Emerging Market Corporate Debt
Emerging market corporate debt has rapidly expanded into a varied and sizeable asset class, spanning many countries, issuers and sectors, each with their own distinct drivers. We believe the growth of the asset class and the diversity of the opportunity set qualifies emerging market corporate debt as a standalone allocation as well as forming an important component of global fixed income portfolios.
Insight offers investors access to this opportunity set through three investment strategies:
- corporate investment grade debt
- corporate high yield debt
- the best opportunities across the full emerging market corporate debt universe
We screen for the most compelling investment propositions across hard and local currency corporate bonds, from investment grade through to high yield. Our emerging market corporate debt portfolios are actively managed against a benchmark, which means they are index aware, not index constrained.
For illustrative purposes only.
As at 30 September 2018. Assets under management (AUM) are represented by the value of cash securities and other economic exposure managed for clients.
Debunking the ESG myths in EMD
Investors often discount the importance of environmental, social and governance (ESG) analysis in emerging market debt (EMD) investing, based on perceptions that emerging market governance is inherently weak or that data is lacking.
Seeking out risk premia in emerging market debt
In 2018, we expect improving economic fundamentals and supportive technical to continue to underpin the asset class.
The next phase in the evolution of emerging market debt investing
While the emerging market debt universe has evolved beyond recognition over the last two decades, the way that investors approach the asset class has been slower to evolve. It is time for investors to look beyond constrained benchmarks and toward a total return approach.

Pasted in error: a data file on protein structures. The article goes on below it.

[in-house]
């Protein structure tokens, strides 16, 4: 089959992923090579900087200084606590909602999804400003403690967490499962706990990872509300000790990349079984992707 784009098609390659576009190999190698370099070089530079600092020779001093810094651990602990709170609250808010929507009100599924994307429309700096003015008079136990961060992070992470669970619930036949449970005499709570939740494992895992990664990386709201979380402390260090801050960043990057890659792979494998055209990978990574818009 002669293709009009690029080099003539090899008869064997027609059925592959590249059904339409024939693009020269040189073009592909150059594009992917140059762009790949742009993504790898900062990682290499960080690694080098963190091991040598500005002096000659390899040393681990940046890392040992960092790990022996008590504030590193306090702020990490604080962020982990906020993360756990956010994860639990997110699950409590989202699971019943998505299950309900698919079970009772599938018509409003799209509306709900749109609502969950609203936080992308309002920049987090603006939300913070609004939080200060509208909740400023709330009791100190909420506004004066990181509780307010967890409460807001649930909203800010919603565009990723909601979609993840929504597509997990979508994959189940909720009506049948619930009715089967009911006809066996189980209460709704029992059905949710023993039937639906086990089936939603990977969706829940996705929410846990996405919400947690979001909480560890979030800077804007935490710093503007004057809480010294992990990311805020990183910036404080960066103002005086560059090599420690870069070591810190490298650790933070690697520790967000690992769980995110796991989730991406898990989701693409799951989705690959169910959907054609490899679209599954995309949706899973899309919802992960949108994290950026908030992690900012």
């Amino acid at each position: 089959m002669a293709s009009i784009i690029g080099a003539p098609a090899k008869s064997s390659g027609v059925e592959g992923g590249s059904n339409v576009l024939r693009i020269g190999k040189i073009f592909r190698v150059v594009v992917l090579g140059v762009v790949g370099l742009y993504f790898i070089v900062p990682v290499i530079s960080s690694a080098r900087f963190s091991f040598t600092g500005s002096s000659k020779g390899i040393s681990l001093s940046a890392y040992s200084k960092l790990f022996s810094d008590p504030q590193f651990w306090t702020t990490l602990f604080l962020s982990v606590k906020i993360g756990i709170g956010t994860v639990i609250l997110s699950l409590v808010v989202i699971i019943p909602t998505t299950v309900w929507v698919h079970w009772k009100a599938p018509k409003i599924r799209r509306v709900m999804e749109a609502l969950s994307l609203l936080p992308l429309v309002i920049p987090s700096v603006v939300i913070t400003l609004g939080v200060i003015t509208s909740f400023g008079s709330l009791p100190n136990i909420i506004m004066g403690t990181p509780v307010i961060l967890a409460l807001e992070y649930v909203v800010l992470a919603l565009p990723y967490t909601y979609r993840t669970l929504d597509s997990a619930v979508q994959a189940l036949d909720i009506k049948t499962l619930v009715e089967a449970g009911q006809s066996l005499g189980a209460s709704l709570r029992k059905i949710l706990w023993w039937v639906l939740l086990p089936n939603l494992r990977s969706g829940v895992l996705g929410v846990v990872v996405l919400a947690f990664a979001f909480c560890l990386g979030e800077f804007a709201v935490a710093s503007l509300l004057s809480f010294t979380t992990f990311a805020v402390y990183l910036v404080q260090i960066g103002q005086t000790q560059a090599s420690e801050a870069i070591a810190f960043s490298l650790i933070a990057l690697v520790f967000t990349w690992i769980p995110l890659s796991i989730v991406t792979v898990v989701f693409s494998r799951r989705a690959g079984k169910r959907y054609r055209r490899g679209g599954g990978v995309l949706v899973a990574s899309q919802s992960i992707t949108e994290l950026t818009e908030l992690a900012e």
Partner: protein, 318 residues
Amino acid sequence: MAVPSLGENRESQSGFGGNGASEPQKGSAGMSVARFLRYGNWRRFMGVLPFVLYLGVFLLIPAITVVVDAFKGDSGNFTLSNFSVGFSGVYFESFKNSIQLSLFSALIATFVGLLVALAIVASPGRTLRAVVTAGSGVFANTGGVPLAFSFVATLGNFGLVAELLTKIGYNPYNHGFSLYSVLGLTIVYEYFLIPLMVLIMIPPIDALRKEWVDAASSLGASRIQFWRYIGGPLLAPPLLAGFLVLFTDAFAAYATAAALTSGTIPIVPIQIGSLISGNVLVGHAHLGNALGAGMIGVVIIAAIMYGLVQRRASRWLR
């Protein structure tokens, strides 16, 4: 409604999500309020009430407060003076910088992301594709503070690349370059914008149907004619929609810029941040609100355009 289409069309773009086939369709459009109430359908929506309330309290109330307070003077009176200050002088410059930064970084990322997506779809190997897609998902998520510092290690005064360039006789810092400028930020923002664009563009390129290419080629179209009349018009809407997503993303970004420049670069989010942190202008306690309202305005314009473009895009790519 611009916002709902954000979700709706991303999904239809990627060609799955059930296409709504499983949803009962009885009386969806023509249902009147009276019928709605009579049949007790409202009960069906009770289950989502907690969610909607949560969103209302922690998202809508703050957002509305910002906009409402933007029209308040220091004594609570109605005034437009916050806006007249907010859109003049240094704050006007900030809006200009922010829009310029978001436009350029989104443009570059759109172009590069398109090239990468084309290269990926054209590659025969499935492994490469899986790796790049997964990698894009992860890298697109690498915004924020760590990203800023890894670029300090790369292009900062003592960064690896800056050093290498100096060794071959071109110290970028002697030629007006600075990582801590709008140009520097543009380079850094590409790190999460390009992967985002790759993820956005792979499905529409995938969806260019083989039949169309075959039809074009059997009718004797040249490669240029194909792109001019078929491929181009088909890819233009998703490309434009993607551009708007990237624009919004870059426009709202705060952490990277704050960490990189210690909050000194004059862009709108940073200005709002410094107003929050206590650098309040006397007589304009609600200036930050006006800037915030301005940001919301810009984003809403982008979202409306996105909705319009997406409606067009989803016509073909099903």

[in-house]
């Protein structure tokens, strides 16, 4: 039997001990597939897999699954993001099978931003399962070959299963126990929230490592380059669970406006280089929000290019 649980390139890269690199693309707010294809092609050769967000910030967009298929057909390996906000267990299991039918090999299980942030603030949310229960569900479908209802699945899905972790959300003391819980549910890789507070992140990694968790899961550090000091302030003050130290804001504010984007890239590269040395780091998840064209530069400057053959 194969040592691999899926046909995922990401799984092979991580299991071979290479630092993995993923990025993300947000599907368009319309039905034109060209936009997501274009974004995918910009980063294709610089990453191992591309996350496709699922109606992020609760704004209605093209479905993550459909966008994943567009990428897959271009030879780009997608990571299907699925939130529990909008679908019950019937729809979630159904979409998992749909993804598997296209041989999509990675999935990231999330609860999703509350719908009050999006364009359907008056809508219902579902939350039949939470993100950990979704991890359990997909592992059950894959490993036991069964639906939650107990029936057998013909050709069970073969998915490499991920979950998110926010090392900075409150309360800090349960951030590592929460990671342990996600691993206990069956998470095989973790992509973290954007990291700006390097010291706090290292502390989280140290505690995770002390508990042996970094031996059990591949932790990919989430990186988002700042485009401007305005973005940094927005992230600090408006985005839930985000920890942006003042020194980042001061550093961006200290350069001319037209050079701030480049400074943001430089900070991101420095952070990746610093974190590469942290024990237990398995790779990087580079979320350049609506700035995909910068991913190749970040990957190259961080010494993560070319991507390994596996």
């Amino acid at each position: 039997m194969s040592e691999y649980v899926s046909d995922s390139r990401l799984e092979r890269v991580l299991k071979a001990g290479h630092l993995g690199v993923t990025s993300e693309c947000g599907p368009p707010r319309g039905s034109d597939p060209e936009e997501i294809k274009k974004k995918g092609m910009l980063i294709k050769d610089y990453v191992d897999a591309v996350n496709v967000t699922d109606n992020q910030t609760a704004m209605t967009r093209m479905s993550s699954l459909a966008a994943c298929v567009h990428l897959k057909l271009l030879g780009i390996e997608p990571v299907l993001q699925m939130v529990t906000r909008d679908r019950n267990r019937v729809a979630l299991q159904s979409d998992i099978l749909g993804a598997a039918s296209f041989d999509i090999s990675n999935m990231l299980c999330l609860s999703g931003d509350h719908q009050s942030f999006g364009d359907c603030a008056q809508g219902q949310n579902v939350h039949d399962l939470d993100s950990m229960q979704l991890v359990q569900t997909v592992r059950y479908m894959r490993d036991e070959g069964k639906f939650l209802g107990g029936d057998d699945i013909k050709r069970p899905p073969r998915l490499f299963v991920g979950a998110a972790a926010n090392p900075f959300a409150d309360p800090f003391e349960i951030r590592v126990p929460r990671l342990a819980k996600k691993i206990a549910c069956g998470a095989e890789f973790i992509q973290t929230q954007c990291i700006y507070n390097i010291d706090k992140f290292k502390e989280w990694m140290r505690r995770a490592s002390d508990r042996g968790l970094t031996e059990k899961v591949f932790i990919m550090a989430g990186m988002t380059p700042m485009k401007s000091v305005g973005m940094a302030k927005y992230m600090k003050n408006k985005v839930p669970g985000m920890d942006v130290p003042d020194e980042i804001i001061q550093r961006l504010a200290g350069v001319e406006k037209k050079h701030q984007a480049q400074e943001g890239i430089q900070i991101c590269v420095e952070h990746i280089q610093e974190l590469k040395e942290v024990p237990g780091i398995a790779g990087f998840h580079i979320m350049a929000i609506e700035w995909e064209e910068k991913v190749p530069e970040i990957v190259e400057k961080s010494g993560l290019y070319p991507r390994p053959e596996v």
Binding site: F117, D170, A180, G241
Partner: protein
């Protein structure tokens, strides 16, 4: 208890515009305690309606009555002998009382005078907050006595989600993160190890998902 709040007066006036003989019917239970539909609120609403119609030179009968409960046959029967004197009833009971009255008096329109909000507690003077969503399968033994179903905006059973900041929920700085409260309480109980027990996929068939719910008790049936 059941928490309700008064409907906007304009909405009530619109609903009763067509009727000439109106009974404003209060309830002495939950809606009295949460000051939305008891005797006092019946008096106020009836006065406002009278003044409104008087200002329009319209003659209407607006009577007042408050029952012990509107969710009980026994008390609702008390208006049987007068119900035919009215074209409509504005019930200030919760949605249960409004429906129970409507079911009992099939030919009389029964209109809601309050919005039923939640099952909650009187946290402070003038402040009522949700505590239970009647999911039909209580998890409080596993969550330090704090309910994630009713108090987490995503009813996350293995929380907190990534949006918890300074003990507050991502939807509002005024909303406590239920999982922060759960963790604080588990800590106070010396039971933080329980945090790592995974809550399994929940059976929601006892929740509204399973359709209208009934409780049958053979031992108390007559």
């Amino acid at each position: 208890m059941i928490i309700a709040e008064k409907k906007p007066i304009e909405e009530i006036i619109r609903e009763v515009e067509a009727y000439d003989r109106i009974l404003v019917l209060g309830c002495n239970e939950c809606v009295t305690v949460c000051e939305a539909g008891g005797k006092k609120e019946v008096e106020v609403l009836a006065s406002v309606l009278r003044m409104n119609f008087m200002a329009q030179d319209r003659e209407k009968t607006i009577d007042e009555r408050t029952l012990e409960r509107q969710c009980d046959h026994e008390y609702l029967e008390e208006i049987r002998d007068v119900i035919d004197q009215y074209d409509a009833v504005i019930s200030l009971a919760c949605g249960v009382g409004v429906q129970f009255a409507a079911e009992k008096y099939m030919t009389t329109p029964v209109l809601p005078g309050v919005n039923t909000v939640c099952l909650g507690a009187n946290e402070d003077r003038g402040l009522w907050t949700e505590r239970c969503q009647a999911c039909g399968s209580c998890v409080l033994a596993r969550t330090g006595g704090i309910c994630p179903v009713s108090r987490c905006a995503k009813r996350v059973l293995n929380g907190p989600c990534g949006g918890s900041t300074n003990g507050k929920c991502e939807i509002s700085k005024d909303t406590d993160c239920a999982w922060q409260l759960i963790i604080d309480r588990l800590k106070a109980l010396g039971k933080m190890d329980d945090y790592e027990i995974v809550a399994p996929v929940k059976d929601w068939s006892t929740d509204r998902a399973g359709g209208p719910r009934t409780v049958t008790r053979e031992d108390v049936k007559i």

The strategy's target is not a guarantee may not be achieved and a capital loss may occur. Strategies that have a higher performance aim generally take more risk to achieve this and do have a greater potential for the returns to be significantly different than expected.
The value of investments and any income from them will fluctuate and is not guaranteed (this may be partly due to exchange rate fluctuations). Investors may not get back the full amount invested. Past performance is not a guide to future performance.
Where the portfolio holds over 35% of its net asset value in securities of one governmental issuer, the value of the portfolio may be profoundly affected if one or more of these issuers fails to meet its obligations or suffers a ratings downgrade.
The issuer of a debt security may not pay income or repay capital to the bondholder when due.
Derivatives may be used to generate returns as well as to reduce costs and/or the overall risk of the portfolio. Using derivatives can involve a higher level of risk. A small movement in the price of an underlying investment may result in a disproportionately large movement in the price of the derivative investment.
Investments in emerging markets can be less liquid and riskier than more developed markets and difficulties in accounting, dealing, settlement and custody may arise.
Where high yield instruments are held, their low credit rating indicates a greater risk of default, which would affect the value of the portfolio.
The investment manager may invest in instruments which can be difficult to sell when markets are stressed.
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